we observed the Universe from a very specific scale.
The first clue had come in my teenage years, when I initially realized that for almost 100 years a chasm had existed in our physics between the mathematics and models we use for large objects, which predict a continuum that tends towards singularity and infinities (Einstein's field equations), and the quantum world of atomic and subatomic particles, which predicts linear functions of bounded states, well defined and with finite behaviors.
Yet big things are made out of small things, so,
Truly, day-to-day experience seems to point to the existence of well-defined finite boundaries.
After all, your body's dimensions are defined by what appears to be a very specific scale. The same applies to the chair you're sitting on, or the pole you're holding onto while you're reading this article on the bus on your way to work.
But wouldn't an infinite Universe have no definition, no distinct way of identifying a boundary to define all other ones?
All of this became the subject of many
years of contemplation, and the answer, interestingly, came from an
I looked to find if similar concepts were present in our history of physics and the advanced physics of today, and indeed I found similarities.
As well, in mathematics, fractal theory resembled many ancient concepts and symbols and provided a perfect relationship between infinities and the boundary condition, as an infinite amount of boundaries could be embedded within a finite initial boundary (the scale at which you are observing).
As far as an omnipresent permeating
energy was concerned, it occurred to me then that maybe, just maybe,
the all-prevailing intensely energetic vacuum of the quantum world
might fit the bill.
Maybe space was permeated with all the information of all things in the space and was the great connector between all these things.
After all, from infinitely large to infinitely small, space would always be present, since even the extremely small radius of an atom still contains some 99.99999 per cent space.
Perhaps space defined matter, rather than the material world defining the space.
Einstein seemed to think so, as in his quote:
But if space were the great medium that connected all things, gathering information from all places so as to self-organize and create the complexity we observed in our natural world, then space would have to be infinitely dense - infinitely dense with information or energy.
Was this possible, and if so, was there any evidence as such?
I was probing deeper and deeper into the
physics that had been written and into the experiments that had been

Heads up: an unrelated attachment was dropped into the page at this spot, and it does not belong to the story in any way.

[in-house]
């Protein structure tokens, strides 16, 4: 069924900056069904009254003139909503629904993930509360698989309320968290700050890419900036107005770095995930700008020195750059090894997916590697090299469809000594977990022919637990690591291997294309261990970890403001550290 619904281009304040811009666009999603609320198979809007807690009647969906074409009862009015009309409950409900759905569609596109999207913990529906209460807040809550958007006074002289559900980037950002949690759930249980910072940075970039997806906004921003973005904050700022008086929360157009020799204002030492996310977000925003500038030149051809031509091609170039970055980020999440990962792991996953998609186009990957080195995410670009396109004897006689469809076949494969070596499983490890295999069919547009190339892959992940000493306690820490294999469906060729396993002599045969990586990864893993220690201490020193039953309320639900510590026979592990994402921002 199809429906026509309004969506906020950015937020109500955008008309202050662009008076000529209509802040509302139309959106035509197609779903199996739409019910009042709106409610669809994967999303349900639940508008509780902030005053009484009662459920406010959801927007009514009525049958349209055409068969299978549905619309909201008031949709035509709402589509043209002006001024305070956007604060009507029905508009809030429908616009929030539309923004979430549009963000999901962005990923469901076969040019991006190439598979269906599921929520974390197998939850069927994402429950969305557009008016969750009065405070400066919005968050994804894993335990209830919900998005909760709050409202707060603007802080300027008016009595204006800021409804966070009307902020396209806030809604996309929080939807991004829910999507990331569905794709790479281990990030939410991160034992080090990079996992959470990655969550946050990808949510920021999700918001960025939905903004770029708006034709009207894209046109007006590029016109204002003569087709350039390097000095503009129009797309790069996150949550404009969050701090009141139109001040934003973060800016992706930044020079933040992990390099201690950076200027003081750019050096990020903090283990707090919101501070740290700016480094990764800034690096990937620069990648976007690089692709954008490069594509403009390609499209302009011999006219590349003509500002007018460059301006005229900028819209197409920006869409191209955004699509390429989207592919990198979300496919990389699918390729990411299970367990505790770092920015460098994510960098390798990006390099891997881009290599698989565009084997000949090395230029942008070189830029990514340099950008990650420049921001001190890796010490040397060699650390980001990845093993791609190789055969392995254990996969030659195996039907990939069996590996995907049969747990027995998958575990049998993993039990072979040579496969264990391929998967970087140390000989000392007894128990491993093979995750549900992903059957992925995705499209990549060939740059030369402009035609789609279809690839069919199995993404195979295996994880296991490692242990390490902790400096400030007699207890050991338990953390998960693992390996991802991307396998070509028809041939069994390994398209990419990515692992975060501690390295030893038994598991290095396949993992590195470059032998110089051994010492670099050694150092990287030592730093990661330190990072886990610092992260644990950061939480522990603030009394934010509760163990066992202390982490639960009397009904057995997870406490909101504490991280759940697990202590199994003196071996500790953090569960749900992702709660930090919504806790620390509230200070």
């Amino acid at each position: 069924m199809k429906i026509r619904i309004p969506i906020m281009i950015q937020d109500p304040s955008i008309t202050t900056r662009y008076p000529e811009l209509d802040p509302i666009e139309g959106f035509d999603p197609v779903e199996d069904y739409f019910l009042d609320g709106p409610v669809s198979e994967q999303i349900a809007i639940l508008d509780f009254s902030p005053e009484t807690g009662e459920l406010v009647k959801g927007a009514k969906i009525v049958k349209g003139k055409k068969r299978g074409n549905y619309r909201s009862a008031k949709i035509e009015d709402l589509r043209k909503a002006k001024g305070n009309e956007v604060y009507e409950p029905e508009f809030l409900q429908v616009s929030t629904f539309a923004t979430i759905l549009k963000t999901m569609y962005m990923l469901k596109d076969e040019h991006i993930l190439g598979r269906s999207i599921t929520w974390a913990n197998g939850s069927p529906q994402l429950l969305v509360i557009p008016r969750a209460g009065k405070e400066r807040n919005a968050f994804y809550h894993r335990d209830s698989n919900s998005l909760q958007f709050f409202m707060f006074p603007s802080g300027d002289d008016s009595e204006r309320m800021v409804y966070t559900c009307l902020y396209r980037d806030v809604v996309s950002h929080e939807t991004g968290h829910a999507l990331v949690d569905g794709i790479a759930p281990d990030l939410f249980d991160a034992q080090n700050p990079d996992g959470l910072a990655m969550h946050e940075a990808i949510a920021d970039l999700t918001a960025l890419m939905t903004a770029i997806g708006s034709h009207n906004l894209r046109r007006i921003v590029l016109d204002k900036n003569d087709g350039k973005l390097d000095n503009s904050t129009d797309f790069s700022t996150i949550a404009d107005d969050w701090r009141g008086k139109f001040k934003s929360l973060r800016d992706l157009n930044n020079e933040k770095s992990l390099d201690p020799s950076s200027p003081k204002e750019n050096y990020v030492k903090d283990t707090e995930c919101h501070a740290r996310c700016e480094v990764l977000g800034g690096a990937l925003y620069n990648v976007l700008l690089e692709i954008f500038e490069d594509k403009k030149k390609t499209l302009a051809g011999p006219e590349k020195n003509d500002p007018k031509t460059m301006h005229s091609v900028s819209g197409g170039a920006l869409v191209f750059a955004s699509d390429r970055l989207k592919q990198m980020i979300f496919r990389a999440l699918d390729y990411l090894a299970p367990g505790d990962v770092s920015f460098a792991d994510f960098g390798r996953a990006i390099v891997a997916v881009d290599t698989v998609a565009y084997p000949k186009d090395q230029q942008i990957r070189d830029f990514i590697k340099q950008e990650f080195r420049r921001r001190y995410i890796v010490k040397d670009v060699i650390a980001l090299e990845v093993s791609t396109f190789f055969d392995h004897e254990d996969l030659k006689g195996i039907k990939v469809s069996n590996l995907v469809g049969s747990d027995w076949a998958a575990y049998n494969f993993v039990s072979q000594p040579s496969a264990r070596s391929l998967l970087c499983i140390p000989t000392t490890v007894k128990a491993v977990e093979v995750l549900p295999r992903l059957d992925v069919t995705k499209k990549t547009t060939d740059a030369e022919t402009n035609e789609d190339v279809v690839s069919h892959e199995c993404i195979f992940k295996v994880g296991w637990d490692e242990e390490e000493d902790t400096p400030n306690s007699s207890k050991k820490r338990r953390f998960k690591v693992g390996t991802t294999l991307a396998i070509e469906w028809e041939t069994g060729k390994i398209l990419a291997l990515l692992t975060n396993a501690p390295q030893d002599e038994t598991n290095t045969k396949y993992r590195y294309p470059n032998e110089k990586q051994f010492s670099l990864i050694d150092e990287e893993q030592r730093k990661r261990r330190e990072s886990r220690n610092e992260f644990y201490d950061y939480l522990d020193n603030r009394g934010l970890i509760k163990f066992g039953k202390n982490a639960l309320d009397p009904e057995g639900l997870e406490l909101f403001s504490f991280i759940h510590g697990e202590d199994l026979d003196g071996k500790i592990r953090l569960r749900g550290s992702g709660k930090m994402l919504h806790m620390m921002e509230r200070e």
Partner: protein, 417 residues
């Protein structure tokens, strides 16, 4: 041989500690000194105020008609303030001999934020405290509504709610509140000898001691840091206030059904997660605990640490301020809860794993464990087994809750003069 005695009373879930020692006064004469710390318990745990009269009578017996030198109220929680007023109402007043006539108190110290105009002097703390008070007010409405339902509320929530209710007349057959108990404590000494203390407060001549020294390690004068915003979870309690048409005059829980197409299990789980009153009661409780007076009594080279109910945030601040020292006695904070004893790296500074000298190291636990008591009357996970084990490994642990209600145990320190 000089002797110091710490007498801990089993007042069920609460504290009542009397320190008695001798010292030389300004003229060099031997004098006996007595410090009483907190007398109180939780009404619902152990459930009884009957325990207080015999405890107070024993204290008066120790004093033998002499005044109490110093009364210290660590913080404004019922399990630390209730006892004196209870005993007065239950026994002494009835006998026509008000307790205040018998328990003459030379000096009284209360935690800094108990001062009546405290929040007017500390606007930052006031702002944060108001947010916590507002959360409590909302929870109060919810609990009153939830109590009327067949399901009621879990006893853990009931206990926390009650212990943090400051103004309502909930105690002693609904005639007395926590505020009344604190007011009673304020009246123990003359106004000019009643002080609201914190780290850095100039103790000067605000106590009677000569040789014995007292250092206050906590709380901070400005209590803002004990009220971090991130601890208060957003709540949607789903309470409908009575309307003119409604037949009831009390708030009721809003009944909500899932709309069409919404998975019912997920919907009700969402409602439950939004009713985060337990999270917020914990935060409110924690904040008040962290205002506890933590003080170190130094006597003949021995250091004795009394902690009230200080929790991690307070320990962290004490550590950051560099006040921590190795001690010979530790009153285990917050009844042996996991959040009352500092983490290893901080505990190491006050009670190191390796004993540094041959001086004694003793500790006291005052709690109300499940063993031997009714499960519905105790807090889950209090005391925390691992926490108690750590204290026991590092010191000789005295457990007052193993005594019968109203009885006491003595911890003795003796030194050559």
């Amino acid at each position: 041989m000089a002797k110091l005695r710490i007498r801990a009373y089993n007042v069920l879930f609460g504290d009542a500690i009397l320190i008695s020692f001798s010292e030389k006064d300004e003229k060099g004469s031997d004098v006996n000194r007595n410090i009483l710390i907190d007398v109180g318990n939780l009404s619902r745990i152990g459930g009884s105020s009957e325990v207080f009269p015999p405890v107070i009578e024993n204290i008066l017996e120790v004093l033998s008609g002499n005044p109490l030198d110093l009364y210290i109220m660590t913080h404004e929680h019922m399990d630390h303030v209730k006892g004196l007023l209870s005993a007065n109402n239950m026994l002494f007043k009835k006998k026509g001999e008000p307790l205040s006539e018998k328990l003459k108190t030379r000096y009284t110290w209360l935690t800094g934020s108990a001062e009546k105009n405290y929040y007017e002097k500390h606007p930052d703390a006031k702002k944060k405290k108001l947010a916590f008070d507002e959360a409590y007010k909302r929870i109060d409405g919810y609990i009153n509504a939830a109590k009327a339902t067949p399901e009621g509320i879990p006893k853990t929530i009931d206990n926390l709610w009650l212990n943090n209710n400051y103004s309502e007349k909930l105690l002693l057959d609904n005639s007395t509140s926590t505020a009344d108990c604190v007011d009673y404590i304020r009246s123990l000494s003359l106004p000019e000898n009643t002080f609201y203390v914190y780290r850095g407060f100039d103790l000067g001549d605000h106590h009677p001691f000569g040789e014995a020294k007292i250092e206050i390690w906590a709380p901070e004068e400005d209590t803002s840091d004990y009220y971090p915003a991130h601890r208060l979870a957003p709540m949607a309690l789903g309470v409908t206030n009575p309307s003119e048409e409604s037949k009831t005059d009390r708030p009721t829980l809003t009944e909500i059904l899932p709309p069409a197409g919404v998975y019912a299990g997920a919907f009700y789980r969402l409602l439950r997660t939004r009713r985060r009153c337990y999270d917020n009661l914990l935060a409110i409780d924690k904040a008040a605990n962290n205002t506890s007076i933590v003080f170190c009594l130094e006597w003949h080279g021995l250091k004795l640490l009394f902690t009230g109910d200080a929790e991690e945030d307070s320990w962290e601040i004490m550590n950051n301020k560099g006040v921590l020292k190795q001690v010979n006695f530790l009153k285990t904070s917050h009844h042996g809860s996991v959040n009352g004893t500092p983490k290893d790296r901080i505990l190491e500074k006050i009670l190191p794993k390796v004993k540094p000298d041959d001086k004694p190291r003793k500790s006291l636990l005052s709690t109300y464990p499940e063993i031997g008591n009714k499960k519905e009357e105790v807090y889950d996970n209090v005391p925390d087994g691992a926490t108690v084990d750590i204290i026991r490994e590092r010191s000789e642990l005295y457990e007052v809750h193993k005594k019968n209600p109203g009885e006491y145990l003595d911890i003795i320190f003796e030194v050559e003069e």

performed throughout nearly 300 years of modern physical theory, and
I came across something significant.
It turned out that some of the
vibrations still existed, even when the system was brought to
absolute zero, where you would think that all the energy would be
gone. In fact, the equations showed that there was an infinite
amount of possible energy fluctuation even
within the vacuum.
This value is thought to be the smallest vibration possible, being in the order of 10-33 centimeters and having a mass-energy in the order of 10-5 grams.
The result was enormous!
The vacuum energy density, or what can be called a Planck's density, was in the order of 1093 grams per cubic centimeter of space and was quickly dubbed,
To give you an idea of how dense this value is, if you were to take all of the matter we observed in our Universe today with billions of galaxies containing billions of stars, most of which are much larger than our Sun, and we were to stuff them all into a centimeter cube of space, the density of that cube would only be 1055 grams.
This is still some 38 orders of magnitude less dense than the density of the vacuum. Many scientists thought that this figure was ridiculous, and in general it fell into obscurity.
Even today, some trained physicists are
not necessarily aware of this value. Throughout the years I've
received prompt criticism from certain physicists who either were
unaware of its existence or simply discarded it, as if the largest
energy quantity ever predicted could be completely ignored.
Casimir reasoned that if two plates were placed close enough to each other so that the longer wavelengths of the vacuum oscillations would be eliminated from between the plates and yet would still be present on the outside of the plates, then a minute gradient could be generated where there would be more pressure on the outside and less on the inside, resulting in the plates being pushed together.
However, when the distance by which the plates had to be separated to do the job was calculated, it was found that the plates had to be mere microns apart.
This was an impossible task in 1948, and
it wasn't until the early 1990s that this experimental test could be
done successfully. The result agreed very well with the calculations
done by Casimir, showing that this energy of the structure of space
itself is truly present.
Well, if so, it would have to be present
at all scales.
And it was these thoughts that eventually brought me to add a fundamental force to Einstein's field equations in order to show that space-time, in addition to curving to produce gravitation, twisted as well - like water going down the drain - to produce the spin of all organized matter from galaxies to stars and even to subatomic particles.
That twisting of space would imply that space itself was imbued with gyroscopic and Coriolis effects that needed to be included in Einstein's geometrization of space and time.